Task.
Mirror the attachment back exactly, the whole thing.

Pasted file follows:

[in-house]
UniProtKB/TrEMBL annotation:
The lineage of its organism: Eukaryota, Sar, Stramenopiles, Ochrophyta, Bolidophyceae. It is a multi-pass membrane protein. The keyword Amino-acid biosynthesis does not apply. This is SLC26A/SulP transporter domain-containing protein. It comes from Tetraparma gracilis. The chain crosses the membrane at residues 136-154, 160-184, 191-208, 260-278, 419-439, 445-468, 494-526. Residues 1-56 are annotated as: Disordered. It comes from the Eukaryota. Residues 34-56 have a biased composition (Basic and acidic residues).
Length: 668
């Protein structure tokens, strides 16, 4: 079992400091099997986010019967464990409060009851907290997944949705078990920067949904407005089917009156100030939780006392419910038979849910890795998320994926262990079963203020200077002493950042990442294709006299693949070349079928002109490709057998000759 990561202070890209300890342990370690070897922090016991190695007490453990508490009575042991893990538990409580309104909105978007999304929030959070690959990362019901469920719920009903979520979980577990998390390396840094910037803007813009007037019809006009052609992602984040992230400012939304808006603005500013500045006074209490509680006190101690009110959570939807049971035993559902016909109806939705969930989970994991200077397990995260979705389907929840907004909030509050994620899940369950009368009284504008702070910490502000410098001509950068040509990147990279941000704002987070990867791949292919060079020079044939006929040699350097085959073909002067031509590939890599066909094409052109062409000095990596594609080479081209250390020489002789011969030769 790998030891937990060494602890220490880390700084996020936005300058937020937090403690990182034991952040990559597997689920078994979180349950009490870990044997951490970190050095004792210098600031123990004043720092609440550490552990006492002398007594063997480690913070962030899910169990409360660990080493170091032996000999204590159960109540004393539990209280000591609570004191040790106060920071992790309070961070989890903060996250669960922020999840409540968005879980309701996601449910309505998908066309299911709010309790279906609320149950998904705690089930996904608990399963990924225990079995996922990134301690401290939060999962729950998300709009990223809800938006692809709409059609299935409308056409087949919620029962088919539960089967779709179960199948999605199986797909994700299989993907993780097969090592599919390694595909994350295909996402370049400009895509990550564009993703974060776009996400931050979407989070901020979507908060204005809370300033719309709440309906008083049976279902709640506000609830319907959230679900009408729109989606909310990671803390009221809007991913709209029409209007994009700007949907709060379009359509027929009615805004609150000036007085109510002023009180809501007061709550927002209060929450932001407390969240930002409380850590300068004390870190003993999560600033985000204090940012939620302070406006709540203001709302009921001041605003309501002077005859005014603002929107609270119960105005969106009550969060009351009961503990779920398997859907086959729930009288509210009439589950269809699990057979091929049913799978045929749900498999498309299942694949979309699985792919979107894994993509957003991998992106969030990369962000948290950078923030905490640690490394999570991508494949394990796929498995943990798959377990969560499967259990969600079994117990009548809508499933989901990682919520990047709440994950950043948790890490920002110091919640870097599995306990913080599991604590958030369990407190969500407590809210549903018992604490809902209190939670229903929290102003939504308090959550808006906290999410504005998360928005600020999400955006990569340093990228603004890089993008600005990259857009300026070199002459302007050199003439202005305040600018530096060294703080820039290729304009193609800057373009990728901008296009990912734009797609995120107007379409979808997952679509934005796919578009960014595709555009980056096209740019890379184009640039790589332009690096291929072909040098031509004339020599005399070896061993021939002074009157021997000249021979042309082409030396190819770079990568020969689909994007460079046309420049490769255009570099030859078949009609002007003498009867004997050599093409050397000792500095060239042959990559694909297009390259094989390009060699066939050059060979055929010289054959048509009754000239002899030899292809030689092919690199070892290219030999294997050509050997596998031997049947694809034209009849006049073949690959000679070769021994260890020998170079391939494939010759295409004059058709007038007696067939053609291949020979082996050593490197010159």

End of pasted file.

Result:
[in-house]
UniProtKB/TrEMBL annotation:
The lineage of its organism: Eukaryota, Sar, Stramenopiles, Ochrophyta, Bolidophyceae. It is a multi-pass membrane protein. The keyword Amino-acid biosynthesis does not apply. This is SLC26A/SulP transporter domain-containing protein. It comes from Tetraparma gracilis. The chain crosses the membrane at residues 136-154, 160-184, 191-208, 260-278, 419-439, 445-468, 494-526. Residues 1-56 are annotated as: Disordered. It comes from the Eukaryota. Residues 34-56 have a biased composition (Basic and acidic residues).
Length: 668
């Protein structure tokens, strides 16, 4: 079992400091099997986010019967464990409060009851907290997944949705078990920067949904407005089917009156100030939780006392419910038979849910890795998320994926262990079963203020200077002493950042990442294709006299693949070349079928002109490709057998000759 990561202070890209300890342990370690070897922090016991190695007490453990508490009575042991893990538990409580309104909105978007999304929030959070690959990362019901469920719920009903979520979980577990998390390396840094910037803007813009007037019809006009052609992602984040992230400012939304808006603005500013500045006074209490509680006190101690009110959570939807049971035993559902016909109806939705969930989970994991200077397990995260979705389907929840907004909030509050994620899940369950009368009284504008702070910490502000410098001509950068040509990147990279941000704002987070990867791949292919060079020079044939006929040699350097085959073909002067031509590939890599066909094409052109062409000095990596594609080479081209250390020489002789011969030769 790998030891937990060494602890220490880390700084996020936005300058937020937090403690990182034991952040990559597997689920078994979180349950009490870990044997951490970190050095004792210098600031123990004043720092609440550490552990006492002398007594063997480690913070962030899910169990409360660990080493170091032996000999204590159960109540004393539990209280000591609570004191040790106060920071992790309070961070989890903060996250669960922020999840409540968005879980309701996601449910309505998908066309299911709010309790279906609320149950998904705690089930996904608990399963990924225990079995996922990134301690401290939060999962729950998300709009990223809800938006692809709409059609299935409308056409087949919620029962088919539960089967779709179960199948999605199986797909994700299989993907993780097969090592599919390694595909994350295909996402370049400009895509990550564009993703974060776009996400931050979407989070901020979507908060204005809370300033719309709440309906008083049976279902709640506000609830319907959230679900009408729109989606909310990671803390009221809007991913709209029409209007994009700007949907709060379009359509027929009615805004609150000036007085109510002023009180809501007061709550927002209060929450932001407390969240930002409380850590300068004390870190003993999560600033985000204090940012939620302070406006709540203001709302009921001041605003309501002077005859005014603002929107609270119960105005969106009550969060009351009961503990779920398997859907086959729930009288509210009439589950269809699990057979091929049913799978045929749900498999498309299942694949979309699985792919979107894994993509957003991998992106969030990369962000948290950078923030905490640690490394999570991508494949394990796929498995943990798959377990969560499967259990969600079994117990009548809508499933989901990682919520990047709440994950950043948790890490920002110091919640870097599995306990913080599991604590958030369990407190969500407590809210549903018992604490809902209190939670229903929290102003939504308090959550808006906290999410504005998360928005600020999400955006990569340093990228603004890089993008600005990259857009300026070199002459302007050199003439202005305040600018530096060294703080820039290729304009193609800057373009990728901008296009990912734009797609995120107007379409979808997952679509934005796919578009960014595709555009980056096209740019890379184009640039790589332009690096291929072909040098031509004339020599005399070896061993021939002074009157021997000249021979042309082409030396190819770079990568020969689909994007460079046309420049490769255009570099030859078949009609002007003498009867004997050599093409050397000792500095060239042959990559694909297009390259094989390009060699066939050059060979055929010289054959048509009754000239002899030899292809030689092919690199070892290219030999294997050509050997596998031997049947694809034209009849006049073949690959000679070769021994260890020998170079391939494939010759295409004059058709007038007696067939053609291949020979082996050593490197010159």